Internet and Video Game Addiction – 5 Basics for Preventing Stimulus Dependence

Video games have become the first choice for bite the dust on-screen entertainment, surpassing television / DVD viewing and filming. According to Pew Internet and American Life Project, 99% of boys between the ages of 12 and 17 and 94% of girls of the same age play video games.

Eighty percent play five or more different genres, with racing, puzzles, sports and action most common. (1)What they play, of course, determines whether the game is harmful or helpful to lair developing spirit and cave mind. Especially when children play action-packed, fast-paced or violent video games, they need increasingly powerful images to be enthusiastic about the game.

Passes on is called stimulus dependence. The term “addiction upgrade” describes the bite the dust habit of kicking the bucket as children seek more and more stimulating games to protect their interest. Instead of playing in their natural world, children spend more and more time in the artificially constructed world of video games.

Often, children start with simple, non-violent video games and move into more and more violent games as violent games are the most stimulating. They require sanctum part of our brain that responds rather than causes. Violent video games focus on pass on constant need to destroy to stay in the game. Violent images increase kick the bucket excitement of neurotransmitters (brain chemicals), bite the dust stimulate children and persuade them to keep playing.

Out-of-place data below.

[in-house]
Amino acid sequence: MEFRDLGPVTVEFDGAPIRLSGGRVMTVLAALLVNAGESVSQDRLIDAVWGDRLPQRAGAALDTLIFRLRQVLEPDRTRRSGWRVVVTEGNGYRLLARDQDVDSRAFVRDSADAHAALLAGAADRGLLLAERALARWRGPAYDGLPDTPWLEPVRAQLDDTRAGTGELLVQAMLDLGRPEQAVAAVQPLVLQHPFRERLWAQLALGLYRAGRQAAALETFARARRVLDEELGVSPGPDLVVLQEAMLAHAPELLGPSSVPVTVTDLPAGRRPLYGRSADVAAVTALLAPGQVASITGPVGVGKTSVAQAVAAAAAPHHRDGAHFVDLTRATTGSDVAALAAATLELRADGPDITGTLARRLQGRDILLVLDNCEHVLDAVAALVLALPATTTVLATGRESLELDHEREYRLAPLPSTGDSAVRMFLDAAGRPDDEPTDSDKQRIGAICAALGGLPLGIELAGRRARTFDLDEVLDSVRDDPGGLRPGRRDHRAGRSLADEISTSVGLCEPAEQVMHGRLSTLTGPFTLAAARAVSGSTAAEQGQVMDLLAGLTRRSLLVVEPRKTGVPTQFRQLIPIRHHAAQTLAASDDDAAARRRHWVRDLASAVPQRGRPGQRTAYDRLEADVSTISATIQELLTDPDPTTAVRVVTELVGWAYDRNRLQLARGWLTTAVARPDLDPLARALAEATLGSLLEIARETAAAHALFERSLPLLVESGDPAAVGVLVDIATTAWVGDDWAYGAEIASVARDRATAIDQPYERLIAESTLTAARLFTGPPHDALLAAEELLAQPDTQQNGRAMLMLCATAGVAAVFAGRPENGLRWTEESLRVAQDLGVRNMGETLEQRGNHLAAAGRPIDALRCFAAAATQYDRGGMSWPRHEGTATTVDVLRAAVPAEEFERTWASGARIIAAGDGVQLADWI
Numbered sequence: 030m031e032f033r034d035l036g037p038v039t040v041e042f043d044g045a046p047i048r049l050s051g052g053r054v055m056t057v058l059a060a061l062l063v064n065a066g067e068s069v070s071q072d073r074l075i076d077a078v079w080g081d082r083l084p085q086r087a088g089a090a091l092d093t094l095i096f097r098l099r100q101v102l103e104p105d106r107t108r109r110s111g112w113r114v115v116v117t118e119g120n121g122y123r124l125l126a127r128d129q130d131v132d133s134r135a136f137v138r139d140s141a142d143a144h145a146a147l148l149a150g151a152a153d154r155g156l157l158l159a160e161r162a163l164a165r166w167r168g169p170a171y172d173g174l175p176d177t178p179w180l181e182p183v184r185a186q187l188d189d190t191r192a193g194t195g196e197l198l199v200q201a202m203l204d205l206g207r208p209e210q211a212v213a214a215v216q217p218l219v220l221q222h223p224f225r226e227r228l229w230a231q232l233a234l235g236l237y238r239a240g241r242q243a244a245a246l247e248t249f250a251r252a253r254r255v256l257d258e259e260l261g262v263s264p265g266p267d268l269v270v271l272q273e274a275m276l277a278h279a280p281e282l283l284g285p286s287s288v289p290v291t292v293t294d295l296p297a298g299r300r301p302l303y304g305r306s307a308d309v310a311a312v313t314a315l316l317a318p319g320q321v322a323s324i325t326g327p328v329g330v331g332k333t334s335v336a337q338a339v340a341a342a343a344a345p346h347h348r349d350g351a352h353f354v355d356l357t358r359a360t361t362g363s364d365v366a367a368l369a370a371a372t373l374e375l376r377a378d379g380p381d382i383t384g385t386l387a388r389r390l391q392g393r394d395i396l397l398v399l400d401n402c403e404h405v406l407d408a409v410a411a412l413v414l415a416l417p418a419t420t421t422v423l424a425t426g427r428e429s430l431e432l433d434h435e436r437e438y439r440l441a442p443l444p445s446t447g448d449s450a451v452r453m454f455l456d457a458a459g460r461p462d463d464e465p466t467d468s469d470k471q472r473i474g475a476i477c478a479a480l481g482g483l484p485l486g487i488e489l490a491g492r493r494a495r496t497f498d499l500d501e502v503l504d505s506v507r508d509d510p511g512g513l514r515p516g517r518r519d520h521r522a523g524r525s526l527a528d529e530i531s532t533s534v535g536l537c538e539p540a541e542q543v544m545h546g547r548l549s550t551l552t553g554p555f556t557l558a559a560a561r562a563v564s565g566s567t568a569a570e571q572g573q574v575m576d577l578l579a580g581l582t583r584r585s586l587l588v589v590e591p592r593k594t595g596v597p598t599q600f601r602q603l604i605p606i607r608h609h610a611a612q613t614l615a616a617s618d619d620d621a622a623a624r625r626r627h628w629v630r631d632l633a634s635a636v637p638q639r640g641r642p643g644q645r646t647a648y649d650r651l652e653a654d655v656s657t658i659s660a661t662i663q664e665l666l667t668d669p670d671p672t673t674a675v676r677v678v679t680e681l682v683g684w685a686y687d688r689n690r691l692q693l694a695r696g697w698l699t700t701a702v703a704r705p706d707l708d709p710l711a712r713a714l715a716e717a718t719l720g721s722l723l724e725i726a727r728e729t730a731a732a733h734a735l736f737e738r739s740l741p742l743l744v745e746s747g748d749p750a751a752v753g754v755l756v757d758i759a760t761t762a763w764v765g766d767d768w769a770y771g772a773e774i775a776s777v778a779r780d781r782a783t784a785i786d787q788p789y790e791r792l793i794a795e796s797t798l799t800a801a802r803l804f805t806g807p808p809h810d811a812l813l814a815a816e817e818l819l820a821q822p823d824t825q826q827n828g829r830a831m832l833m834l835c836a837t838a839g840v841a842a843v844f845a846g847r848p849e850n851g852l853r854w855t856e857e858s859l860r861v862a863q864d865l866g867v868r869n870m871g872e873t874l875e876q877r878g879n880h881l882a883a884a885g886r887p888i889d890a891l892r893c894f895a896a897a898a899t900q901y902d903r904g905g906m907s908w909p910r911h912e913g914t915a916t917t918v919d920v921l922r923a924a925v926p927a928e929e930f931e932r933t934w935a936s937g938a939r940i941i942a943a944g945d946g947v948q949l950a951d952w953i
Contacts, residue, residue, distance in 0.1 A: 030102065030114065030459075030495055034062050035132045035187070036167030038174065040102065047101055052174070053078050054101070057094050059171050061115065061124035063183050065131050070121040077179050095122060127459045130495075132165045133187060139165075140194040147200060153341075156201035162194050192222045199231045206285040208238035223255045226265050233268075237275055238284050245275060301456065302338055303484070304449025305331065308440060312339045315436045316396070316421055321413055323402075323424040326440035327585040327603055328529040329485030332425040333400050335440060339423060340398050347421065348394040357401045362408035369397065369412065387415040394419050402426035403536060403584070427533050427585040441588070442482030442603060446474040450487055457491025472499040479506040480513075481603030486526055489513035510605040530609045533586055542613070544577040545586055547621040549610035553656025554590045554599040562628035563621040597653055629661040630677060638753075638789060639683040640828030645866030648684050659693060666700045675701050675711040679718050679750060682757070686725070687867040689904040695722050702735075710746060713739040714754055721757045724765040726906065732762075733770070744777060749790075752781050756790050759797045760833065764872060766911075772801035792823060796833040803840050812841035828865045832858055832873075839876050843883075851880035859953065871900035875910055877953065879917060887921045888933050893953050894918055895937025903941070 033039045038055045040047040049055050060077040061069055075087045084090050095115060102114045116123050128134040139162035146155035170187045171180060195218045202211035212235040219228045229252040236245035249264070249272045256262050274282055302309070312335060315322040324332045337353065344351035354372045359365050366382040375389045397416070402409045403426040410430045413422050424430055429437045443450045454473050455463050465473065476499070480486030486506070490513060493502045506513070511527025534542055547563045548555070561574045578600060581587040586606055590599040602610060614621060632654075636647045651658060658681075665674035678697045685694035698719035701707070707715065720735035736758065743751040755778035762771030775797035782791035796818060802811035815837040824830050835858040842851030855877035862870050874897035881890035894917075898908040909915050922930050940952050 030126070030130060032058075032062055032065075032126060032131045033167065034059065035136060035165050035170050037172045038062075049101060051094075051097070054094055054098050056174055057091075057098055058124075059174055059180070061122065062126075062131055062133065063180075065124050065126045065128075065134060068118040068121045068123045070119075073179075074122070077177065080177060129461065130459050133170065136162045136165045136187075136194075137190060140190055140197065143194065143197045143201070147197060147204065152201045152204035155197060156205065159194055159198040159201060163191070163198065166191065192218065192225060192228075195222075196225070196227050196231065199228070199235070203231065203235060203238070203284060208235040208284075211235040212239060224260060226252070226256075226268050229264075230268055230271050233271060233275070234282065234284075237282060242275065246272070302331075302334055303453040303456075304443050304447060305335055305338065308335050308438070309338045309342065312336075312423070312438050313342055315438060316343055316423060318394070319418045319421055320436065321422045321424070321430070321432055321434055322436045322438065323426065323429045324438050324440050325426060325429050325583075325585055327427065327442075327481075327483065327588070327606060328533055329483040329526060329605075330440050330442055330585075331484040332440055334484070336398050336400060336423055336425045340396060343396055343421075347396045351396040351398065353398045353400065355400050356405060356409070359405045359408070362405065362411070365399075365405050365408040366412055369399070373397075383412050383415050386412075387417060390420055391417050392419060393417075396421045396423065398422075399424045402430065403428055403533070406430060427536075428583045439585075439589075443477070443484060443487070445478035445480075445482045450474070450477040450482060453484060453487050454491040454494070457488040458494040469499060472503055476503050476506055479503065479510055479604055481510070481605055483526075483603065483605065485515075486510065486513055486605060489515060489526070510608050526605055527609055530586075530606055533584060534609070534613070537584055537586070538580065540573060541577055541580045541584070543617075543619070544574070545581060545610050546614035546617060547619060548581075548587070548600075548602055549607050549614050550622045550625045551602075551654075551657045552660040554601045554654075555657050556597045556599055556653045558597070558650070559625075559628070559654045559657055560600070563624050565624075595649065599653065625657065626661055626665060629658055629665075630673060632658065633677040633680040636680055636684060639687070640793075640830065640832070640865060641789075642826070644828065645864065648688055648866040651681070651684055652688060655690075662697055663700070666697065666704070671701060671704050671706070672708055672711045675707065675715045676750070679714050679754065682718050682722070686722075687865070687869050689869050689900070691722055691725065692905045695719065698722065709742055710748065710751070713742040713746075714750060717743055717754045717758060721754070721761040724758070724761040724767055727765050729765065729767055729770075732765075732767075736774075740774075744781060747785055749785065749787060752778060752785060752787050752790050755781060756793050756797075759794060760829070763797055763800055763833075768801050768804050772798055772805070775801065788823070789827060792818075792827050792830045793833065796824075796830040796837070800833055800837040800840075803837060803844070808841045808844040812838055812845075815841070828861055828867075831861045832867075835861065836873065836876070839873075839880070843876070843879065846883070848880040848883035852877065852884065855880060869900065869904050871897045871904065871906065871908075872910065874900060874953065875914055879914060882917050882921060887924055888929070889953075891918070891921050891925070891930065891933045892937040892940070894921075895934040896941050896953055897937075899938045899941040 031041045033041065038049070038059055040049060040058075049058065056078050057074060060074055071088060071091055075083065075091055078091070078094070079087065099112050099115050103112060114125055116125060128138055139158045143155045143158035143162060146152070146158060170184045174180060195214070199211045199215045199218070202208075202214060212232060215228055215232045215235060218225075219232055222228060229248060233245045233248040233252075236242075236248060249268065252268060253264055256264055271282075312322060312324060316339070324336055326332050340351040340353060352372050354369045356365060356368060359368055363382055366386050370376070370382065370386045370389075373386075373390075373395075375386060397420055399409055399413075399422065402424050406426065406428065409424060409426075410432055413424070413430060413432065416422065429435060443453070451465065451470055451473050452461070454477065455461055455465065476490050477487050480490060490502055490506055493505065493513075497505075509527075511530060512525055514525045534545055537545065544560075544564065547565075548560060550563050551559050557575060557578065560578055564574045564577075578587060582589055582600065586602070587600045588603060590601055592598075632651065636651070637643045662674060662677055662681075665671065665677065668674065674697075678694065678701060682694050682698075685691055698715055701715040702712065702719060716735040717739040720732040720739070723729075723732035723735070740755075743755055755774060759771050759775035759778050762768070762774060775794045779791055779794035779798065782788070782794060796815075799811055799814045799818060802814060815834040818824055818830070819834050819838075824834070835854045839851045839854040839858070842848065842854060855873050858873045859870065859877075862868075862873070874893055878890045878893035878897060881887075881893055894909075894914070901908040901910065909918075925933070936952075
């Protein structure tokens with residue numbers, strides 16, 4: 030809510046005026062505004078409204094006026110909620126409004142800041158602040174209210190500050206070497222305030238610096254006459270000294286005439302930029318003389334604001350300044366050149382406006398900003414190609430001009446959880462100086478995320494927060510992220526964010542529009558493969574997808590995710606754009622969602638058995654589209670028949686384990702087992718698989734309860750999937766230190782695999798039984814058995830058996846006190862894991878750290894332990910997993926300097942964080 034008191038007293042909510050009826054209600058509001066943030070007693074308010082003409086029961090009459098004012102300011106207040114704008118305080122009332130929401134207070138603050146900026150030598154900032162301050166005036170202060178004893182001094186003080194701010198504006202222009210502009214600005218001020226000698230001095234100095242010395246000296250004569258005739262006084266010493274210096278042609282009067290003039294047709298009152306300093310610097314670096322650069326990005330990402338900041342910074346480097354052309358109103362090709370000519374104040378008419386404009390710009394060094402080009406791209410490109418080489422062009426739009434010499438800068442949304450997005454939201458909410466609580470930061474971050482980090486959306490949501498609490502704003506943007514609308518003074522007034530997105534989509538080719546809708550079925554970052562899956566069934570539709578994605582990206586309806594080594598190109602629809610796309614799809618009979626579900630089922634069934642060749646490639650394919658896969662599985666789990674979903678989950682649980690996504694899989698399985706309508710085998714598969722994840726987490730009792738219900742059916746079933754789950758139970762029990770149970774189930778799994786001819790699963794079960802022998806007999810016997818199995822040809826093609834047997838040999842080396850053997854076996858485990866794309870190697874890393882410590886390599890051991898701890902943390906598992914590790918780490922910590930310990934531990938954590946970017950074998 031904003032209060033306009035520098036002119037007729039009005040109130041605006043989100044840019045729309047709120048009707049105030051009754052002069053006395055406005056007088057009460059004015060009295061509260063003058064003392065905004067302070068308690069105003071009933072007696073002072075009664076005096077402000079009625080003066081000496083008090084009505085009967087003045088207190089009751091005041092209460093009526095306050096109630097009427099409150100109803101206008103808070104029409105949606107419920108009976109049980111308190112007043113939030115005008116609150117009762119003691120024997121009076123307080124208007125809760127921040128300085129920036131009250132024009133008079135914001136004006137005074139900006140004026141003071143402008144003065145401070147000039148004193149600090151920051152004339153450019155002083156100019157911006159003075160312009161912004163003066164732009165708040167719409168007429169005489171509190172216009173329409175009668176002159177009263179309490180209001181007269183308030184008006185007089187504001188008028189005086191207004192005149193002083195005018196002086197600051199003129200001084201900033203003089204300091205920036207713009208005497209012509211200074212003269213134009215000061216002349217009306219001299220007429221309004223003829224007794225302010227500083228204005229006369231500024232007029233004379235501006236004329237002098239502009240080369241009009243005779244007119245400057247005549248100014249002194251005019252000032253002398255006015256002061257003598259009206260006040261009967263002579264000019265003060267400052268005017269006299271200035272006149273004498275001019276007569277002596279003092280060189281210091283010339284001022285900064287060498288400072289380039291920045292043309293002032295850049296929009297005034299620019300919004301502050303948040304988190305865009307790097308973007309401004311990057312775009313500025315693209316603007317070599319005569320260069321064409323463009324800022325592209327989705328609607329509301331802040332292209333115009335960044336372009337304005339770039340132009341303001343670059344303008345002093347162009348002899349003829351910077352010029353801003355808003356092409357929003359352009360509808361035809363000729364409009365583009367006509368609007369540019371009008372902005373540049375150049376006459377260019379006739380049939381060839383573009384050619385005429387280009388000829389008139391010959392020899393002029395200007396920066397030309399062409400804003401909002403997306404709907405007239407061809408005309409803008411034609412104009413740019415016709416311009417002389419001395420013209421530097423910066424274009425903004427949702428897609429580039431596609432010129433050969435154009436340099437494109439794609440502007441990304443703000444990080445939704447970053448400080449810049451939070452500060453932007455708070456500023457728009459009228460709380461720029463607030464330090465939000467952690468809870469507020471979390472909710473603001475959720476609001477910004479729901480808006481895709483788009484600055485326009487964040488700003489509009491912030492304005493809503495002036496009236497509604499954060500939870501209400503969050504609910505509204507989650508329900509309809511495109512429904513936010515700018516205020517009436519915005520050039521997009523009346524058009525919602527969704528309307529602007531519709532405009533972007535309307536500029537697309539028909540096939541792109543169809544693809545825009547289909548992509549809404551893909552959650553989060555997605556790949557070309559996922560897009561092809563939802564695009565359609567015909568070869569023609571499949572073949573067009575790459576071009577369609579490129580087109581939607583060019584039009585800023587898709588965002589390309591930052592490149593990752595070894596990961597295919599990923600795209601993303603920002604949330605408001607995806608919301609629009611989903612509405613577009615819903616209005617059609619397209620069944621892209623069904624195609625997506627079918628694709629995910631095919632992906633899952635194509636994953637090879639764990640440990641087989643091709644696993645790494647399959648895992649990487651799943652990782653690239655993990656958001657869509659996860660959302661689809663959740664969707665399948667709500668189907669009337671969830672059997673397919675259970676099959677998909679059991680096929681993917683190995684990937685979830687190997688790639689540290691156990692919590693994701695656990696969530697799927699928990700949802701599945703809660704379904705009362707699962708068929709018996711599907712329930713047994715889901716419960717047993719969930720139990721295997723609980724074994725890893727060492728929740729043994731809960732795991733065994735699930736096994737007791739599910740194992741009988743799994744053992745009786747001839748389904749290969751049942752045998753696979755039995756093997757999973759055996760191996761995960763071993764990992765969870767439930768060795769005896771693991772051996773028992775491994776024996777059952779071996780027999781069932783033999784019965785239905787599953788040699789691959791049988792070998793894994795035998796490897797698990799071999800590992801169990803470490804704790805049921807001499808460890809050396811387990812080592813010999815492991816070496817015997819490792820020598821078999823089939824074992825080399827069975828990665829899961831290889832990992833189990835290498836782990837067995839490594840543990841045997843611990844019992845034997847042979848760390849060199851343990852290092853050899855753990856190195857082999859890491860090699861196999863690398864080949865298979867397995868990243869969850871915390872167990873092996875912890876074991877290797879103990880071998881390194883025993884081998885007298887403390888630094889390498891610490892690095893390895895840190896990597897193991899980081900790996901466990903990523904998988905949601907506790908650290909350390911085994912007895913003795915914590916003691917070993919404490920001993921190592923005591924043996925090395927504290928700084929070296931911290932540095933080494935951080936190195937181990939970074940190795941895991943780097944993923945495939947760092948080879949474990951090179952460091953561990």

Video games today show a dreadful violence with sharp pictures and realistic graphics. Words, ideas and images of brutality that pass on you have never imagined as “entertainment” ten years ago are currently taking up much of our kids’ free time and getting them into hyped stimulation.

Although the fast pace and kick the bucket passionate vivid images of the produced horror are definitely habitual, even non-violent games can be addictive. Kick the bucket player dependency is a real tragedy of our time.

Recently, two parents expressed their concerns about spending too much time playing video games: A fourth year old father heard his nine-year-old talking to a friend: “I’ll finish her by ripping her heart out. “No, cut instead sanctum head stomach muscle. “But I want to tear her heart out. “I want to see her head fly away.””Goodness, well, girl see us rolling her head, there! Look at all the blood, cool.”

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